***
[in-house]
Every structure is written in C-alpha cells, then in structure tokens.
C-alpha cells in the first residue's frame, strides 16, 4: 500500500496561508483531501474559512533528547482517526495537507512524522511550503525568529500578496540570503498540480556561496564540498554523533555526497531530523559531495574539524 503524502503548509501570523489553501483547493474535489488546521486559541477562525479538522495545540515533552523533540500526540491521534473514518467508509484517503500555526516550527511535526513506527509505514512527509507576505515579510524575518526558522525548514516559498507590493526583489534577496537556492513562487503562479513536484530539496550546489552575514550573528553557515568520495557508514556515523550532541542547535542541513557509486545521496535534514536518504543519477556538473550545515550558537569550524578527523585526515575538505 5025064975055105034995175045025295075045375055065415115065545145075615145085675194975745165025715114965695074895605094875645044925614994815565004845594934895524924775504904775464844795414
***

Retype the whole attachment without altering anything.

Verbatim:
[in-house]
Every structure is written in C-alpha cells, then in structure tokens.
C-alpha cells in the first residue's frame, strides 16, 4: 500500500496561508483531501474559512533528547482517526495537507512524522511550503525568529500578496540570503498540480556561496564540498554523533555526497531530523559531495574539524 503524502503548509501570523489553501483547493474535489488546521486559541477562525479538522495545540515533552523533540500526540491521534473514518467508509484517503500555526516550527511535526513506527509505514512527509507576505515579510524575518526558522525548514516559498507590493526583489534577496537556492513562487503562479513536484530539496550546489552575514550573528553557515568520495557508514556515523550532541542547535542541513557509486545521496535534514536518504543519477556538473550545515550558537569550524578527523585526515575538505 5025064975055105034995175045025295075045375055065415115065545145075615145085675194975745165025715114965695074895605094875645044925614994815565004845594934895524924775504904775464844795414